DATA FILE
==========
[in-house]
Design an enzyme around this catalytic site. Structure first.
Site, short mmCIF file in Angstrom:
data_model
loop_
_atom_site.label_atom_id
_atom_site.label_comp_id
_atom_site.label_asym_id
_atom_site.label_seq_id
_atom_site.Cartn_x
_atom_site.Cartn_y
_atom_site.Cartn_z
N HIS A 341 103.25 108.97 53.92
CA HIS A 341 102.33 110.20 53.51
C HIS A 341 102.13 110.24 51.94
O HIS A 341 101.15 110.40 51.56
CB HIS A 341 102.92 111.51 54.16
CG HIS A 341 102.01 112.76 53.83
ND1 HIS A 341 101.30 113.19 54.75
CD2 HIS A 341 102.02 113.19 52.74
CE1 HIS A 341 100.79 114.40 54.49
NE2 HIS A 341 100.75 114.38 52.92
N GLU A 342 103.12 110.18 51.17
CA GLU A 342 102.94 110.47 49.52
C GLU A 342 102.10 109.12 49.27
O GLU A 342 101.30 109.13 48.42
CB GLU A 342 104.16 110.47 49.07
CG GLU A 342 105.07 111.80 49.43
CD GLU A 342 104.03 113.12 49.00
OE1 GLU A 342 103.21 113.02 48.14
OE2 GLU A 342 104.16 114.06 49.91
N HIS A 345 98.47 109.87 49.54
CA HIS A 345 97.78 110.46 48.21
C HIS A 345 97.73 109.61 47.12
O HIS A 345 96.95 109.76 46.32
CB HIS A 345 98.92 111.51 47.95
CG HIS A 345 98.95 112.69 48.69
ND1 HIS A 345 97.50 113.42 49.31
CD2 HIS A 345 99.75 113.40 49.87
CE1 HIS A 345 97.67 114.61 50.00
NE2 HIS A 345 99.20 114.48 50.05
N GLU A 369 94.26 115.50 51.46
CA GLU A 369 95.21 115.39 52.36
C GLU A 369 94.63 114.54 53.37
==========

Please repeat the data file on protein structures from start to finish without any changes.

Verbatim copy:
[in-house]
Design an enzyme around this catalytic site. Structure first.
Site, short mmCIF file in Angstrom:
data_model
loop_
_atom_site.label_atom_id
_atom_site.label_comp_id
_atom_site.label_asym_id
_atom_site.label_seq_id
_atom_site.Cartn_x
_atom_site.Cartn_y
_atom_site.Cartn_z
N HIS A 341 103.25 108.97 53.92
CA HIS A 341 102.33 110.20 53.51
C HIS A 341 102.13 110.24 51.94
O HIS A 341 101.15 110.40 51.56
CB HIS A 341 102.92 111.51 54.16
CG HIS A 341 102.01 112.76 53.83
ND1 HIS A 341 101.30 113.19 54.75
CD2 HIS A 341 102.02 113.19 52.74
CE1 HIS A 341 100.79 114.40 54.49
NE2 HIS A 341 100.75 114.38 52.92
N GLU A 342 103.12 110.18 51.17
CA GLU A 342 102.94 110.47 49.52
C GLU A 342 102.10 109.12 49.27
O GLU A 342 101.30 109.13 48.42
CB GLU A 342 104.16 110.47 49.07
CG GLU A 342 105.07 111.80 49.43
CD GLU A 342 104.03 113.12 49.00
OE1 GLU A 342 103.21 113.02 48.14
OE2 GLU A 342 104.16 114.06 49.91
N HIS A 345 98.47 109.87 49.54
CA HIS A 345 97.78 110.46 48.21
C HIS A 345 97.73 109.61 47.12
O HIS A 345 96.95 109.76 46.32
CB HIS A 345 98.92 111.51 47.95
CG HIS A 345 98.95 112.69 48.69
ND1 HIS A 345 97.50 113.42 49.31
CD2 HIS A 345 99.75 113.40 49.87
CE1 HIS A 345 97.67 114.61 50.00
NE2 HIS A 345 99.20 114.48 50.05
N GLU A 369 94.26 115.50 51.46
CA GLU A 369 95.21 115.39 52.36
C GLU A 369 94.63 114.54 53.37